then make the sauce with marmite, maltose and honey and drizzle over the chicken like chinese sweet and sour pork

Anonymous said...

*Marmite Chicken

I shan't be cooking
anything until I get your recipe.

Anonymous said...

Lily, long ago as an
impoverihed student in
UK I used to consume
a lot of flavourful fried daz with
black beans in soya oil imported from China that sadly
is no longer done,
bearing in mind daz is a cheap white fish that is not available locally, can I perhaps use any other in substitution in preparing this dish
myself from scratch?
Got a recipe?

Unknown said...


never gave dace recipe a thought cos they are still on our shelves.

Anonymous said...

Yes, spelt 'dace', for one tin, I could have
two servings with
plain white rice
with enough oil
left for use in other dishes- that's economy or
frugality. Had heard Malaysia has produced a
similar canned
variety but I've
yet to see it in my local Chinese supermarket shelves.

Anonymous said...

Just wanted to say thanks for your recipie. It was perfect. I'm really a lousy cook, but I cooked it in my rice cooker,and it was yummy. Can't wait to cook it for my hubby when he's back from overseas =)


Anonymous said...

Hi Lily,
I recently came across your website and was very impressed! I tried making your claypot chicken rice twice now and I think I must be doing something wrong, but don't know what because my rice comes out too moist. The second time I added more rice, but with the same results. I like the rice to be drier. Any suggestions?

Unknown said...


if your rice is too soft, the best guess is that the rice is new. In the case of new rice, water/stock used should be less and also chicken too will release liquid during marinating, in this case, discard the marinate when putting in the chicken to the rice. Or, nuke the chicken and marinate in the microwave until the sauce is thickened and then put onto top of rice.

Anonymous said...

Hi Lily

Cooked this today and boy was it good. Whole family enjoyed it with no. 2 son asking for seconds!!

So easy with the rice cooker.

Thanks, tried your joo hoo eng chai last time and it was delicious. Cannot wait to try the other dishes.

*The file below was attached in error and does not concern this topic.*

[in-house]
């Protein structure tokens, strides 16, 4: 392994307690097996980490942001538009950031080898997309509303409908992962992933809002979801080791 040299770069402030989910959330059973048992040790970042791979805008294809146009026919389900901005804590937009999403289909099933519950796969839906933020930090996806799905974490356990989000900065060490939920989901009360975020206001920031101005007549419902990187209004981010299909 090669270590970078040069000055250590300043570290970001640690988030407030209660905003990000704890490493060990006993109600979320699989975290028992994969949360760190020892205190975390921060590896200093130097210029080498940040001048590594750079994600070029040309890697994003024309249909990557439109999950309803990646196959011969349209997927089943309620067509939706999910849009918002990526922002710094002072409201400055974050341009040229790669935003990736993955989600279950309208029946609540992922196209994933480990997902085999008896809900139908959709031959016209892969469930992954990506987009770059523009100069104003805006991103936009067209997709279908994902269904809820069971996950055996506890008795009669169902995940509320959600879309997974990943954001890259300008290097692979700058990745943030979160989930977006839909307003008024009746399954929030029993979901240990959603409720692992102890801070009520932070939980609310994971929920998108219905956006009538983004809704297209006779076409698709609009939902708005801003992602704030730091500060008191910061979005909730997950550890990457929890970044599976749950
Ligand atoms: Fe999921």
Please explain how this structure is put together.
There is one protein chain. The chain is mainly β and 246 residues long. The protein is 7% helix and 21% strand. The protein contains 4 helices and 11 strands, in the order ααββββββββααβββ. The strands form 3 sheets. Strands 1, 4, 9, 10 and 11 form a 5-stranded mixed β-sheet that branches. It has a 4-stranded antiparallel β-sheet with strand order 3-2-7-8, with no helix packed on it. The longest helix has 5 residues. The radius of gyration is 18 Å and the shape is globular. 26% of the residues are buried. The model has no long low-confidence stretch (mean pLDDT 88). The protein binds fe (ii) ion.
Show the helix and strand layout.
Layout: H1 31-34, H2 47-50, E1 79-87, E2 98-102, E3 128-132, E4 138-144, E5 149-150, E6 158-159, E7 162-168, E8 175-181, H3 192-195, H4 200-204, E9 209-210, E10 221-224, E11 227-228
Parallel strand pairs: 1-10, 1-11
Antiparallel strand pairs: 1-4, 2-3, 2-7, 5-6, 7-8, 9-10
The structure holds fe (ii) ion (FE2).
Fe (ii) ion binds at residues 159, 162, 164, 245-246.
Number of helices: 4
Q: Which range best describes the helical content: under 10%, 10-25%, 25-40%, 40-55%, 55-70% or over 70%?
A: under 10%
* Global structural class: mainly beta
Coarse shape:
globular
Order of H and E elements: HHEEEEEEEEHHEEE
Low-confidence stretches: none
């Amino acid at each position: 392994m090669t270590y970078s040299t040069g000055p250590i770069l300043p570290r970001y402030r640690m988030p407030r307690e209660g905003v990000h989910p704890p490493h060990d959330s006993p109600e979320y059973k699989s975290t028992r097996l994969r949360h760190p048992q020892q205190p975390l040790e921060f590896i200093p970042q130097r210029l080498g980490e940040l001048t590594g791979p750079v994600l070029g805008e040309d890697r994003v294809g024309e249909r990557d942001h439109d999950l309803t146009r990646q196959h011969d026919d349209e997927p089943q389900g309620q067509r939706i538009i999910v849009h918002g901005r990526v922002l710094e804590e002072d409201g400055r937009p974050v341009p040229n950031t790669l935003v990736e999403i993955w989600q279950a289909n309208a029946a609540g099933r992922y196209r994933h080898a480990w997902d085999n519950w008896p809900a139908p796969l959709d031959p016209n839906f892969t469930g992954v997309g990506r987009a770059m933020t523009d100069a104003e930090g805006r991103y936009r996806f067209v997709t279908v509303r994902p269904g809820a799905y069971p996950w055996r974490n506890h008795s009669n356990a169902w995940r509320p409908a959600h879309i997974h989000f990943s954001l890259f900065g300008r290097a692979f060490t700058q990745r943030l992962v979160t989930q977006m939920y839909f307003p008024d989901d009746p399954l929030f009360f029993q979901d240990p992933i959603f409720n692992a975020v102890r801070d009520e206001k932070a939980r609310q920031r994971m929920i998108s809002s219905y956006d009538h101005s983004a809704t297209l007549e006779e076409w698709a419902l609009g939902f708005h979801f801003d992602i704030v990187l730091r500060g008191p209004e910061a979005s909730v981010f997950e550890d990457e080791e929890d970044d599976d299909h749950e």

Lucas Mummy said...

i love it.. i just tried, and i love it.. thanks for the lovely receipe...
i shall post it online...

Unknown said...

To wash off what's stuck in claypot, rinse claypot, fill with a little water and sprinkle baking powder over burnt area; leave to soak before washing. Sometimes you may need to do it a few times.

ratu said...

I LOVE CLAY POT DISHES!!!.. Let me go out and buy a claypot sin ^_^

Unknown said...


you don't need a claypot, cooking this dish in the rice cooker or stovetop will give you a delicious meal too.

razi said...


nice info..

Hery_(F4-Programmer) said...

i like it

Anonymous said...

can i not used chicken stock?

Unknown said...


absolutely, use whatever stock and water is fine too

Olivia said...

Thanks for sharing this wonderful dish. It is really yummy and my little nephews & niece asked for extra helping. Yummy ;)

ccaprice said...

SUCCESS!!! Just needed to tweak the dish a bit. I didn't turn off the heat after the 30 min. mark as the rice was still crunchy. I transferred the pot to the smallest flame of the stove, added a little bit more water and then continued to cook for 10 more minutes. It was delicious!!! Also, I put in 3 chicken thighs but there was still a lot of rice left afterwards. Next time I will add one more thigh. Thank you! I will definitely try your other recipes.